In yesterday’s post I wrote about New Model Army, a book by Adam Roberts. I wasn’t particularly enamored by it for a number of reasons but found a much better substitute. John Pollock writes in Technology Review, about the use of crowdsourcing during the Libyan Revolution that proves much more interesting that Roberts’ fictional description of a crowdsourced army.
There are a bunch of stories in here, each disconnected from the other but together making a significant impact (at least according to the story). One anecdote which could have fit in Roberts’ world:
…Steen Kirby, a high school student in the state of Georgia. As well as identifying weaponry, Kirby pulled together a group through Twitter to quickly produce English and Arabic guides to using an AK47, building makeshift Grad artillery shelters, and handling mines and unexploded ordnance, as well as detailed medical handbooks for use in the filed.
Perhaps more interesting (and disturbing if you’re looking to maintain the dominance of the nation-state) is the description of Rida Benfayed’s activities. He was a Libyan expat, living in Colorado who got connected via satellite internet, with his hometown of Benghazi. His access led to him becoming a conduit of information flowing into and out of the city. Then, someone claiming to be a retired intelligence officer began feeding him tactical information and military intelligence. It’s certainly possible the information was a back channel ‘unofficially’ authorized by a government entity. It’s also not outside the realm of possiblity that this was an ‘unofficial’ disclosure where unknown person(s) decided to take action on their own.
Given the technological capabilities available to everyone today, one wonders how genocides like those in Rwanda or Bosnia would play out today. Particularly when nation states are all doing the old ‘Huh? What? Where?’ shuffle to avoid having to actually do anything. Syria might be a good case (although things don’t seem to be working out particularly well there) to examine this but it might not. The Libya story seemed to require a technically sophisticated diaspora, media attention and some sort of narrative that encouraged others without an obvious link to the conflict to step in. I’m not sure Syria has that (and to be honest, can’t remember if Bosnia or Rwanda did either until it got pretty late in the game).
But this isn’t all about plucky citizens doing what they can to stop a dictator. There’s also the Frenchman. Convinced open source information could be valuable, he began building a network via social media sites to gather information. His leadership was (predictably) wary of any such effort but he countered quite nicely. Somehow he got permission to run an experiment where he ran with his network and compared it to a traditional intelligence methods. The article talk too much about specifics but I’m guessing that we’re talking about analytical work here where one group would get intelligence reports (mostly classified, processed through the particular organizational -NATO, French Navy, etc.- lenses) versus this open source ‘system’ where information is received.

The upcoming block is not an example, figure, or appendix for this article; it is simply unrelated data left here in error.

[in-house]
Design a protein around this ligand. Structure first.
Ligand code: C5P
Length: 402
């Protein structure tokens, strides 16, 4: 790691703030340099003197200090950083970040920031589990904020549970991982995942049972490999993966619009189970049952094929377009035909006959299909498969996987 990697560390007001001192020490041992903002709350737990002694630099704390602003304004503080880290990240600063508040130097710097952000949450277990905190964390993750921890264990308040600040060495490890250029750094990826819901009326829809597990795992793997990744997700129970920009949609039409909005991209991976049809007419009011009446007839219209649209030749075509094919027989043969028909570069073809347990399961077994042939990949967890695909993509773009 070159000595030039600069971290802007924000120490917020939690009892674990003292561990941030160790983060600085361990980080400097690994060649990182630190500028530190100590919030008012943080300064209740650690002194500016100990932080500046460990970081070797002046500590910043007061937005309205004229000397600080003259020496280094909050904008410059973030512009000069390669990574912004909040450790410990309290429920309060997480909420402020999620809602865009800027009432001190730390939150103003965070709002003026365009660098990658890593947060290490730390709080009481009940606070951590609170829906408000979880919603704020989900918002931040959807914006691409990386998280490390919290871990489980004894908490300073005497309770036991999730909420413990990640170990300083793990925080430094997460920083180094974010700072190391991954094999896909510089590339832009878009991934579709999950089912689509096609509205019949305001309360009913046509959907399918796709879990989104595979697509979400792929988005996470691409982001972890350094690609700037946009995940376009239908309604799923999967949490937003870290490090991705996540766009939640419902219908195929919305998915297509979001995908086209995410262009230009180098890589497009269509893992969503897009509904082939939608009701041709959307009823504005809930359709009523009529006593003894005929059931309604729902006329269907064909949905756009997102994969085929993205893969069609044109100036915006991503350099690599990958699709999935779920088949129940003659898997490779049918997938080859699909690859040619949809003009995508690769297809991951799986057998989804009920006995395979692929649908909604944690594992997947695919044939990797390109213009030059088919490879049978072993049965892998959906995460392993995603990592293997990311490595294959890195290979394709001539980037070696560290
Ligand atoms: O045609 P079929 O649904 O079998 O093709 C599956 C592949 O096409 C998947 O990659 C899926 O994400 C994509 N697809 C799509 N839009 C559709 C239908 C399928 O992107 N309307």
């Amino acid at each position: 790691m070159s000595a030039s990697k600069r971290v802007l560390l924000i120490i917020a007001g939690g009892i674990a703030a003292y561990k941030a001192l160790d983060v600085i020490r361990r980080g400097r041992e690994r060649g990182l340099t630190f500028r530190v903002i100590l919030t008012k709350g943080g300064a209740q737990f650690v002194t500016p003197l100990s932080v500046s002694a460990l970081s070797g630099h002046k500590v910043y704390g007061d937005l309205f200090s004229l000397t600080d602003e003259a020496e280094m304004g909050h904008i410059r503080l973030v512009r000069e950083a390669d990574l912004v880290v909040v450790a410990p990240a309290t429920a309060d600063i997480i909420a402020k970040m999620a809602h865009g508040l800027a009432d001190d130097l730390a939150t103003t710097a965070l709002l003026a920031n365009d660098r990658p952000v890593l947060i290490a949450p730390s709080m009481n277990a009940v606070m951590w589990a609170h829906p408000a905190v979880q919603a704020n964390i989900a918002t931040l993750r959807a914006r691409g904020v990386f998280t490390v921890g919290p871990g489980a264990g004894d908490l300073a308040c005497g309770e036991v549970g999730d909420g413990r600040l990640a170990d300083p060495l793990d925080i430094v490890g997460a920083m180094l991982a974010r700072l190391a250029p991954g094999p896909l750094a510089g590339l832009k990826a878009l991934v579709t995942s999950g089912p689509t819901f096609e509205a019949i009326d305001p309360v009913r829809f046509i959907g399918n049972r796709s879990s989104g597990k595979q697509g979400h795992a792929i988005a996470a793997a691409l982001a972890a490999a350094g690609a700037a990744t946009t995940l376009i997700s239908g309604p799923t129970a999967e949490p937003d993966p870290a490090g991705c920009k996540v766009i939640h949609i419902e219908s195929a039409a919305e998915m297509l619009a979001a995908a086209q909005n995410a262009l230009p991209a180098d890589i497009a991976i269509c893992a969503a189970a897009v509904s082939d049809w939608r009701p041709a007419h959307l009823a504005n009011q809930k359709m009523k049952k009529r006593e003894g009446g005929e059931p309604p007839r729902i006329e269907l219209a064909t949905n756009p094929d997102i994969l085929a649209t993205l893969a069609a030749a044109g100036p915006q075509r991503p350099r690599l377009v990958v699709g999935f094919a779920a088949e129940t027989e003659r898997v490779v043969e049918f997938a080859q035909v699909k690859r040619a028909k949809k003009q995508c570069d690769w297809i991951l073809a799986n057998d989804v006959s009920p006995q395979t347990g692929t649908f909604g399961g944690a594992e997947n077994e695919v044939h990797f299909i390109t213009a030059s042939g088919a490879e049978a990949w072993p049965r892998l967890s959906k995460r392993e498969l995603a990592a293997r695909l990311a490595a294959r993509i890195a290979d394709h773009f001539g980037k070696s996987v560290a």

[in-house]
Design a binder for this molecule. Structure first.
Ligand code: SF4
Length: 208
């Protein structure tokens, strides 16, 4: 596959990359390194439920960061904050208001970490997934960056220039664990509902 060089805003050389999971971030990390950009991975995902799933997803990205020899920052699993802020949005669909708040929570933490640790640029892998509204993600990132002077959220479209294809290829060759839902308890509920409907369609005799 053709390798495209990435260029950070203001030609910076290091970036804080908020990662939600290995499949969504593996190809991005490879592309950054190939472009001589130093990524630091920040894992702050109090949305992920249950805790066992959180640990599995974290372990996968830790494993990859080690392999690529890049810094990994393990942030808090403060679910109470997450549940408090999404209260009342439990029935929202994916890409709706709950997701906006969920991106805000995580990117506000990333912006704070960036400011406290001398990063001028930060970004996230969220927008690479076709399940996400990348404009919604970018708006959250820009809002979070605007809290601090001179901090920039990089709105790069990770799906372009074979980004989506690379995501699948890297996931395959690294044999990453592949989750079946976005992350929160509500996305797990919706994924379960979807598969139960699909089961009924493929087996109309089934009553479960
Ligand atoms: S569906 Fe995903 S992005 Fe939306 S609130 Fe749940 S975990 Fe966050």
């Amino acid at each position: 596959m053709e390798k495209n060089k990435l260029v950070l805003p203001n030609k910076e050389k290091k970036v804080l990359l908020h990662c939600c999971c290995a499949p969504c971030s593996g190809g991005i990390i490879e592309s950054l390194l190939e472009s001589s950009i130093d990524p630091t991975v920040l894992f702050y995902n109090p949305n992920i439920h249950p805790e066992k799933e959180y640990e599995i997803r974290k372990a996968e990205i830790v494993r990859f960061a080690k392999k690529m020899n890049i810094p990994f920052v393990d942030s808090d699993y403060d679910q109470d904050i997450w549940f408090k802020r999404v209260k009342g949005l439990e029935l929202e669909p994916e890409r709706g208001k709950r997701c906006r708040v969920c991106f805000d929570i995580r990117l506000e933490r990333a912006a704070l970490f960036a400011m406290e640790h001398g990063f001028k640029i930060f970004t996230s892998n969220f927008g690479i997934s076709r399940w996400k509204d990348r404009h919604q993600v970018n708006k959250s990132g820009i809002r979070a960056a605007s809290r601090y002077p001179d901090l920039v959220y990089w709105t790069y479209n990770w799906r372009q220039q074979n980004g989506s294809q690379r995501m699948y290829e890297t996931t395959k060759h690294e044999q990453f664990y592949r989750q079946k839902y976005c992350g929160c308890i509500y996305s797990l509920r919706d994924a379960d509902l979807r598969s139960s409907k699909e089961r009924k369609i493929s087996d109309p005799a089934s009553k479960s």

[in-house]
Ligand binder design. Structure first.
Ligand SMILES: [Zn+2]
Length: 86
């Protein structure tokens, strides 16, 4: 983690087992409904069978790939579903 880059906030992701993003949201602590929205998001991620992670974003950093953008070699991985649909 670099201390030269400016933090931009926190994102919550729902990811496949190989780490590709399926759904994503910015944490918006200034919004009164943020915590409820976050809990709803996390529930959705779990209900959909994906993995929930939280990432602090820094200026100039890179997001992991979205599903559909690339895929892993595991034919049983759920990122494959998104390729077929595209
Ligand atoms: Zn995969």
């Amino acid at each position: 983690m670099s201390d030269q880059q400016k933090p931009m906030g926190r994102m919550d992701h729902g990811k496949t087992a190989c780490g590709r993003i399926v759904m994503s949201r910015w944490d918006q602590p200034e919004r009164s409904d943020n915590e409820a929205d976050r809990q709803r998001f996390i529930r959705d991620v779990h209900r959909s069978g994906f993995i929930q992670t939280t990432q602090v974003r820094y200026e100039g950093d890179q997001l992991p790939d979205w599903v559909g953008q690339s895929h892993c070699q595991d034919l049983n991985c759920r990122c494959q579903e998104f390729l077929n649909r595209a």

He described the fear his open source method created among his leadership, in part, because they were unable to control it. I suspect a big part of military (and law enforcement and government) culture is about imposing your will on the environment around you. Whether it’s denying the enemy free movement in a particular area of operations, maintaining a curfew or adherence to traffic laws or imposing environmental regulations, it’s all about making reality conform to your vision. Using social media networks to receive intelligence involves (I think) being more mailable to outside influences.
Now it’s not clear if the wily Frenchman was a passive recipient of information (reading his Twitter feed in the dim glow of the Ops Center), if he had a more directing role (throwing out information requirements and hoping someone would reply and if (either in a sense of goodwill or appropriating the idea that ‘you gotta spend information to get information’) the information flow was one way or two way. Pretty important questions that I fear we won’t be getting the answer to.
Definitely worth the read…